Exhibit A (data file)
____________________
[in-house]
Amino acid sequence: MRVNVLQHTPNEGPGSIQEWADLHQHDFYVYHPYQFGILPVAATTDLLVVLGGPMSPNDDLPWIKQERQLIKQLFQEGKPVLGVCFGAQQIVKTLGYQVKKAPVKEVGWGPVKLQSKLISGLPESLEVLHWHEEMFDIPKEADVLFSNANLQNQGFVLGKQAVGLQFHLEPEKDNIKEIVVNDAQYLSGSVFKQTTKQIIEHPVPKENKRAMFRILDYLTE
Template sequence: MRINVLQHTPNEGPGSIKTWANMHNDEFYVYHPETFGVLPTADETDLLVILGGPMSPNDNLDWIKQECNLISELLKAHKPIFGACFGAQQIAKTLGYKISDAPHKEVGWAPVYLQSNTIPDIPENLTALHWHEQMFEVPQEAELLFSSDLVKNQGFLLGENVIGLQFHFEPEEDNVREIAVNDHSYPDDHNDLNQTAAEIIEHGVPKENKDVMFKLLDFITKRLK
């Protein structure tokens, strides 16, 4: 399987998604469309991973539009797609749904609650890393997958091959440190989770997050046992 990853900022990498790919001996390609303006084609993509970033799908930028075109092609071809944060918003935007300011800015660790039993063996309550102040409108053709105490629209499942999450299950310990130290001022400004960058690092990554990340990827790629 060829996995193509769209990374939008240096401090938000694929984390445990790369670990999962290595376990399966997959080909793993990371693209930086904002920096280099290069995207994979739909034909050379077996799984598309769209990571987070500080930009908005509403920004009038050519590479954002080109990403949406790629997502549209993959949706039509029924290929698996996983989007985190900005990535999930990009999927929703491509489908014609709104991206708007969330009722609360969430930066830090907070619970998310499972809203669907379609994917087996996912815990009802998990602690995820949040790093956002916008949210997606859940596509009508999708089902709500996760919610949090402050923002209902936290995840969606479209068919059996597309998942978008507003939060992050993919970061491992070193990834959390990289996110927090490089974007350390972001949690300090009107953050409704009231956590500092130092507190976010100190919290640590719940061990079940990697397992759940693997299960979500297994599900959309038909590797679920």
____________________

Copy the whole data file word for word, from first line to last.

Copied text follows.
[in-house]
Amino acid sequence: MRVNVLQHTPNEGPGSIQEWADLHQHDFYVYHPYQFGILPVAATTDLLVVLGGPMSPNDDLPWIKQERQLIKQLFQEGKPVLGVCFGAQQIVKTLGYQVKKAPVKEVGWGPVKLQSKLISGLPESLEVLHWHEEMFDIPKEADVLFSNANLQNQGFVLGKQAVGLQFHLEPEKDNIKEIVVNDAQYLSGSVFKQTTKQIIEHPVPKENKRAMFRILDYLTE
Template sequence: MRINVLQHTPNEGPGSIKTWANMHNDEFYVYHPETFGVLPTADETDLLVILGGPMSPNDNLDWIKQECNLISELLKAHKPIFGACFGAQQIAKTLGYKISDAPHKEVGWAPVYLQSNTIPDIPENLTALHWHEQMFEVPQEAELLFSSDLVKNQGFLLGENVIGLQFHFEPEEDNVREIAVNDHSYPDDHNDLNQTAAEIIEHGVPKENKDVMFKLLDFITKRLK
């Protein structure tokens, strides 16, 4: 399987998604469309991973539009797609749904609650890393997958091959440190989770997050046992 990853900022990498790919001996390609303006084609993509970033799908930028075109092609071809944060918003935007300011800015660790039993063996309550102040409108053709105490629209499942999450299950310990130290001022400004960058690092990554990340990827790629 060829996995193509769209990374939008240096401090938000694929984390445990790369670990999962290595376990399966997959080909793993990371693209930086904002920096280099290069995207994979739909034909050379077996799984598309769209990571987070500080930009908005509403920004009038050519590479954002080109990403949406790629997502549209993959949706039509029924290929698996996983989007985190900005990535999930990009999927929703491509489908014609709104991206708007969330009722609360969430930066830090907070619970998310499972809203669907379609994917087996996912815990009802998990602690995820949040790093956002916008949210997606859940596509009508999708089902709500996760919610949090402050923002209902936290995840969606479209068919059996597309998942978008507003939060992050993919970061491992070193990834959390990289996110927090490089974007350390972001949690300090009107953050409704009231956590500092130092507190976010100190919290640590719940061990079940990697397992759940693997299960979500297994599900959309038909590797679920």